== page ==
Anyways, we made it early, and Ty sat with me in the waiting room until I got called to change into my new duds.  The big difference between Leduc and Sturgeon was the lack of beds in the recovery area, and a few less staff (the staff they did have were fantastic, though).  At the Sturgeon, I immediately got a bed and got to stay there the whole time.  Quite a luxury, as I now know.  At Leduc, I got dressed in my robes, got to lay down for about 15 minutes while I got hooked up to IV, and then I was sent back to sit in the waiting room until it was my turn to be wheeled on a bed to surgery.  Waiting rooms are not very fun places to hang out dressed in hospital robes with a wheely IV thingy.  But as I always do, I took it as it came and wasn't too bothered.  There's no point.  So I sat patiently reading O magazine.

When it was my turn, I got into the bed, and the porter wheeled me to the service elevator (which is big enough for a bed!) and we went down to the first floor.  In surgery prep, I met an awesome nurse who was wearing lots of Christmas bling and a santa hat, and had the coolest personality.  Then my doctor came and checked in with me, and he was great.  And my anesthesiologist was also very good.  I told her about my tendency to get nauseous.  No problem.

I've noticed after doing an entire year of weekly yoga practices that I am pretty good at being meditative.  I focused a lot on my breathing and was confident and positive that everything would turn out great.  As I listened to the lady next to me talking to the funky nurse, I realized that she probably had anxiety, so I sent her good vibes, and was grateful that I am so calm and trusting that this world isn't such a scary place after all.  :)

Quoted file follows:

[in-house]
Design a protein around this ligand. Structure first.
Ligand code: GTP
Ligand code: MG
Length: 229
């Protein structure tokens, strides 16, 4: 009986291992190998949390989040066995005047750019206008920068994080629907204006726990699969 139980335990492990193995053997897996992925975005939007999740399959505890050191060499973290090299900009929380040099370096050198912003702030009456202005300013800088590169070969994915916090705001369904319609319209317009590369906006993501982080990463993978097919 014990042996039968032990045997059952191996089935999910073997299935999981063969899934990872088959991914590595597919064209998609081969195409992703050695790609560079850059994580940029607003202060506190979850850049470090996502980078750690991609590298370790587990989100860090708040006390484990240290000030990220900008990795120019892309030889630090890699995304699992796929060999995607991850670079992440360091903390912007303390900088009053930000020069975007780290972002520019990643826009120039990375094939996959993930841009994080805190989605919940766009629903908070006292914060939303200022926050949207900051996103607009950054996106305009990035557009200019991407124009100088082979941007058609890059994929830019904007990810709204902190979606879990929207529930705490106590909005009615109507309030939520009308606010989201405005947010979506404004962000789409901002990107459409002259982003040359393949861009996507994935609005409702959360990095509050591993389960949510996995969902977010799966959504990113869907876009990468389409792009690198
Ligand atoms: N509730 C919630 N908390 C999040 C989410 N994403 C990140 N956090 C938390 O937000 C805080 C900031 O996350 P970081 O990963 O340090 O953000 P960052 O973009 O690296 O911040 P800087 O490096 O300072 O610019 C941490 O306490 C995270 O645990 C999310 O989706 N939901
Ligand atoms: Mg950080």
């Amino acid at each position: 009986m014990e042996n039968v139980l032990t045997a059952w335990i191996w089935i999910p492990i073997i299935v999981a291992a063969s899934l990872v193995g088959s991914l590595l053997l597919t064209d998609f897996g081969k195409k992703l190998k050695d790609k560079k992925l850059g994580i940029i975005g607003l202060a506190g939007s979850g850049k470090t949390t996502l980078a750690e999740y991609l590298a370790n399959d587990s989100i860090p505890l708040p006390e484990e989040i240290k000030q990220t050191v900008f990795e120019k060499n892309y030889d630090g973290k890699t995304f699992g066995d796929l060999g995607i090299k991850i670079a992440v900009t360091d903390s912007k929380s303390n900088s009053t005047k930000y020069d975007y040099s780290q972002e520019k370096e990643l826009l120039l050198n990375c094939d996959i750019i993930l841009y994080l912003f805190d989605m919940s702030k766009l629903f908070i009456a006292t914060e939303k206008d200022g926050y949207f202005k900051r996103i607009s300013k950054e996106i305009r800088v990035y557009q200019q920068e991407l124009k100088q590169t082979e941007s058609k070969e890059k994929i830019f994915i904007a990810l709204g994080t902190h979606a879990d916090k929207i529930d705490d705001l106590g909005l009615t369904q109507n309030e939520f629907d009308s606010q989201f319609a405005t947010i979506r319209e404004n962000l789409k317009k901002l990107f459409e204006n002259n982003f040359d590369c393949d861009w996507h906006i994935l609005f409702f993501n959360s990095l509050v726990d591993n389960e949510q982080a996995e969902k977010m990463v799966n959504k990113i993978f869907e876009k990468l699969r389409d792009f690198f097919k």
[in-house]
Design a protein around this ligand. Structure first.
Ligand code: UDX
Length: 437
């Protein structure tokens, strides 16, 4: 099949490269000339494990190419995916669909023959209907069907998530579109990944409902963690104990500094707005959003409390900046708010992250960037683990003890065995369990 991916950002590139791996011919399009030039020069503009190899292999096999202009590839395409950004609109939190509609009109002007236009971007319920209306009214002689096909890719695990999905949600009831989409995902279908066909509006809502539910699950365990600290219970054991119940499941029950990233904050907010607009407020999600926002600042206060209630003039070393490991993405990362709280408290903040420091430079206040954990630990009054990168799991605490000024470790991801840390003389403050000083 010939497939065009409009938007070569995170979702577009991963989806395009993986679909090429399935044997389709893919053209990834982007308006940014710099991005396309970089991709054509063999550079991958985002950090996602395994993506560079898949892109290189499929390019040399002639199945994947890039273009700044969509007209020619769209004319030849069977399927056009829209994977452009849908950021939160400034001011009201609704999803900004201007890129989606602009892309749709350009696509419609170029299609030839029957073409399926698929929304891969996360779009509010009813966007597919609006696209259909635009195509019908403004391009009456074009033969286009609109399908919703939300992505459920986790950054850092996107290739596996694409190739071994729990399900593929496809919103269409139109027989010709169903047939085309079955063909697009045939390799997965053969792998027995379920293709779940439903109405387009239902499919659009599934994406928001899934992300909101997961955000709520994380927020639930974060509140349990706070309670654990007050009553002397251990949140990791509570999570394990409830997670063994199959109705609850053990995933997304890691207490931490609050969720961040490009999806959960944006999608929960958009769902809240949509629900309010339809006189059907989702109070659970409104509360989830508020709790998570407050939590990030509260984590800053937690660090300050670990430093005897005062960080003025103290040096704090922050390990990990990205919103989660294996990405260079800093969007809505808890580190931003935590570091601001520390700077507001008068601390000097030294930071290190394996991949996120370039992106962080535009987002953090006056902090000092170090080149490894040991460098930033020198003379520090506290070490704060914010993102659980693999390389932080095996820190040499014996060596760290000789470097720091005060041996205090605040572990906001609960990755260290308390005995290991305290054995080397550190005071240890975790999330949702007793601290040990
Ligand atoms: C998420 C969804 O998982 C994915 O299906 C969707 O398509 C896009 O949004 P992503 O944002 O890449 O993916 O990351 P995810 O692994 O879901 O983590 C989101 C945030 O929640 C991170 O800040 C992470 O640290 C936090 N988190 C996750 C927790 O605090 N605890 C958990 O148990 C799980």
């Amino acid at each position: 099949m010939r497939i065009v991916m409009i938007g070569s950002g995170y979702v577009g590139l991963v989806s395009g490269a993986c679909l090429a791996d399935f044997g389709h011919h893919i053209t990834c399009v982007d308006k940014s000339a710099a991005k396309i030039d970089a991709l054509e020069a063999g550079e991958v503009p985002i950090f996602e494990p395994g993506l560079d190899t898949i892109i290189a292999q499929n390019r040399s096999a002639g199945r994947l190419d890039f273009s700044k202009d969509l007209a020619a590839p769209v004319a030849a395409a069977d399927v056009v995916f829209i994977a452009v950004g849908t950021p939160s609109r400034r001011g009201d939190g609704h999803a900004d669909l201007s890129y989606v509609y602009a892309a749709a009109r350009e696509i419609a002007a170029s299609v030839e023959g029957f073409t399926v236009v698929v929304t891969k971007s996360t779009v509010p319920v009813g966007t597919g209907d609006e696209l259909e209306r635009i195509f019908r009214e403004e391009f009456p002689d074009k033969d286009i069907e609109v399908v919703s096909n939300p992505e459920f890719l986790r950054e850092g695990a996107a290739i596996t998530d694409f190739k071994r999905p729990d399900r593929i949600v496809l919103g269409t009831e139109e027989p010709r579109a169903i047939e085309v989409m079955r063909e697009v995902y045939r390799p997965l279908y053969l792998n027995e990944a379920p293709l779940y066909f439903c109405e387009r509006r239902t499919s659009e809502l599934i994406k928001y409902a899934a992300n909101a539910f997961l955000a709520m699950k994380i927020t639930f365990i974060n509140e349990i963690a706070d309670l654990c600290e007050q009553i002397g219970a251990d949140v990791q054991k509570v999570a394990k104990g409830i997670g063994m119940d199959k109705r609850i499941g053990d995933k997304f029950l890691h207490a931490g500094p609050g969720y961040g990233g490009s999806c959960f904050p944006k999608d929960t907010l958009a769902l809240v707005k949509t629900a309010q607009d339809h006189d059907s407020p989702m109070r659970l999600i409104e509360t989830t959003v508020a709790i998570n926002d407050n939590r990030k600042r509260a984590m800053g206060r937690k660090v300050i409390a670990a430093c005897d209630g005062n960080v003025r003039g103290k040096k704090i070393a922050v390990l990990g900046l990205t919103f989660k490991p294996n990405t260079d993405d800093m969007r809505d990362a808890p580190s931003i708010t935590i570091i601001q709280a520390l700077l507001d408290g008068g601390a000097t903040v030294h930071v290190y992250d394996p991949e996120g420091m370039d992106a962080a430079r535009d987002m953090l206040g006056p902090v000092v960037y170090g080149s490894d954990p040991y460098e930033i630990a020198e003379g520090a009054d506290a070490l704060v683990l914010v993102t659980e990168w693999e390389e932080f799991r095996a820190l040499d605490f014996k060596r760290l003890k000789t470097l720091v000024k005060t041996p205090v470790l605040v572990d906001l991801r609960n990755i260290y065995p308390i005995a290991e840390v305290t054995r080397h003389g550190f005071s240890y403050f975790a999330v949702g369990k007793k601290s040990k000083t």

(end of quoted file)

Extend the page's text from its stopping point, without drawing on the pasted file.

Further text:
Then after a nice quiet little rest, I was wheeled to the operating theatre (I love that word! It sounds so British!  LOL), which, in my opinion, is the most fascinating part of the whole experience.  I got onto that narrow little bed, stretched my arms onto the armrests, and they velcroed me in place.  Haha.  Of course they did.  I noticed there was soft Christmas music playing, and I chatted with them about it.  They were all very friendly.  My anesthesiologist started adding goodies to my IV, and I noticed them a lot more this time.  Rather unpleasant, when they first enter the bloodstream!  Ick!  And as with last time, I tried to notice my moment of unconsciousness.  The song that was playing at the time was either Run Run Rudolph or Holly Jolly Christmas (how cool is that?).  And again, just like last time, I never noticed my moment of unconsciousness.  

I woke up in post-op, and my nurse was fabulous.  I really felt like I was the most important thing to her.  And I'm glad I had her undivided attention, because I needed it!  I battled nausea much worse than last time.  I'll spare you the gory details, but the main reasons have to do with having stuff done to my face, all the lovely medications pulsing through my bloodstream, and blood.  Yuck.  So, I spent a decent amount of time there until my nausea mostly stabilized.  

Then another porter lady wheeled me back to recovery.  She took it nice and slow, for which I was grateful.  Back in recovery, I had another fabulous nurse looking after me.  And I battled more nausea.  Thankfully, before I went home, all the icky stuff was over with.  Here is Tyler taking a picture of me, at my request, and he said I looked terrible.  LOL
 The drive back to St. Albert was thankfully uneventful.  I dozed like this all the way back to Superstore.  I may have fallen asleep a couple times, but I was mostly conscious.
 And here I am in the Superstore parking lot waiting for Tyler to fill my prescription and pick up some apple juice and Cup-a soup for me.  I'm in good spirits, because I was expecting to feel like I had been hit in the face by a bus, and it wasn't really that bad!  All is well!